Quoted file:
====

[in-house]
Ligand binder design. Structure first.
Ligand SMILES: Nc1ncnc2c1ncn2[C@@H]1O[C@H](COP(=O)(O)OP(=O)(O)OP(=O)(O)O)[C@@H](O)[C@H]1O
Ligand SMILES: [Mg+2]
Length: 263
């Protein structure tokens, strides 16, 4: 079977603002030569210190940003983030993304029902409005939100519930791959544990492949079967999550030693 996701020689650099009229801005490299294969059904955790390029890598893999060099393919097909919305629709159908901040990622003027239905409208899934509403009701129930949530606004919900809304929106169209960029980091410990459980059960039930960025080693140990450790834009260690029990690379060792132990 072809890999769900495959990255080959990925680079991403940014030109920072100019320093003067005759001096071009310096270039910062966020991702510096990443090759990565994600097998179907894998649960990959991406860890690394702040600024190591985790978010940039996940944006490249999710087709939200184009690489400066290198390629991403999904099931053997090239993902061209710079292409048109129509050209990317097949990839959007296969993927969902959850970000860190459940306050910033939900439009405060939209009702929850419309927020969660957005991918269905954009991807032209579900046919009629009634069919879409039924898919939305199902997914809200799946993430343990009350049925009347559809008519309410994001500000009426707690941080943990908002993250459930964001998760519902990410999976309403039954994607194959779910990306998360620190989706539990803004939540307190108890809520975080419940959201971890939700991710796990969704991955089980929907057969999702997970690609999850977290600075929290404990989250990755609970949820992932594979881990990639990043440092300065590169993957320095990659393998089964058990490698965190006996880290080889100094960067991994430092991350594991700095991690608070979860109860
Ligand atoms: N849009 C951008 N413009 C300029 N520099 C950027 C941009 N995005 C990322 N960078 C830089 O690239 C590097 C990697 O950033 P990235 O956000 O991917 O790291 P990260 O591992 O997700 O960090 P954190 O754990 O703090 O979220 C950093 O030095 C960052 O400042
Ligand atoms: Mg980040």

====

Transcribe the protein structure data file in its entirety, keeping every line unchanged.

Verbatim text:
[in-house]
Ligand binder design. Structure first.
Ligand SMILES: Nc1ncnc2c1ncn2[C@@H]1O[C@H](COP(=O)(O)OP(=O)(O)OP(=O)(O)O)[C@@H](O)[C@H]1O
Ligand SMILES: [Mg+2]
Length: 263
């Protein structure tokens, strides 16, 4: 079977603002030569210190940003983030993304029902409005939100519930791959544990492949079967999550030693 996701020689650099009229801005490299294969059904955790390029890598893999060099393919097909919305629709159908901040990622003027239905409208899934509403009701129930949530606004919900809304929106169209960029980091410990459980059960039930960025080693140990450790834009260690029990690379060792132990 072809890999769900495959990255080959990925680079991403940014030109920072100019320093003067005759001096071009310096270039910062966020991702510096990443090759990565994600097998179907894998649960990959991406860890690394702040600024190591985790978010940039996940944006490249999710087709939200184009690489400066290198390629991403999904099931053997090239993902061209710079292409048109129509050209990317097949990839959007296969993927969902959850970000860190459940306050910033939900439009405060939209009702929850419309927020969660957005991918269905954009991807032209579900046919009629009634069919879409039924898919939305199902997914809200799946993430343990009350049925009347559809008519309410994001500000009426707690941080943990908002993250459930964001998760519902990410999976309403039954994607194959779910990306998360620190989706539990803004939540307190108890809520975080419940959201971890939700991710796990969704991955089980929907057969999702997970690609999850977290600075929290404990989250990755609970949820992932594979881990990639990043440092300065590169993957320095990659393998089964058990490698965190006996880290080889100094960067991994430092991350594991700095991690608070979860109860
Ligand atoms: N849009 C951008 N413009 C300029 N520099 C950027 C941009 N995005 C990322 N960078 C830089 O690239 C590097 C990697 O950033 P990235 O956000 O991917 O790291 P990260 O591992 O997700 O960090 P954190 O754990 O703090 O979220 C950093 O030095 C960052 O400042
Ligand atoms: Mg980040």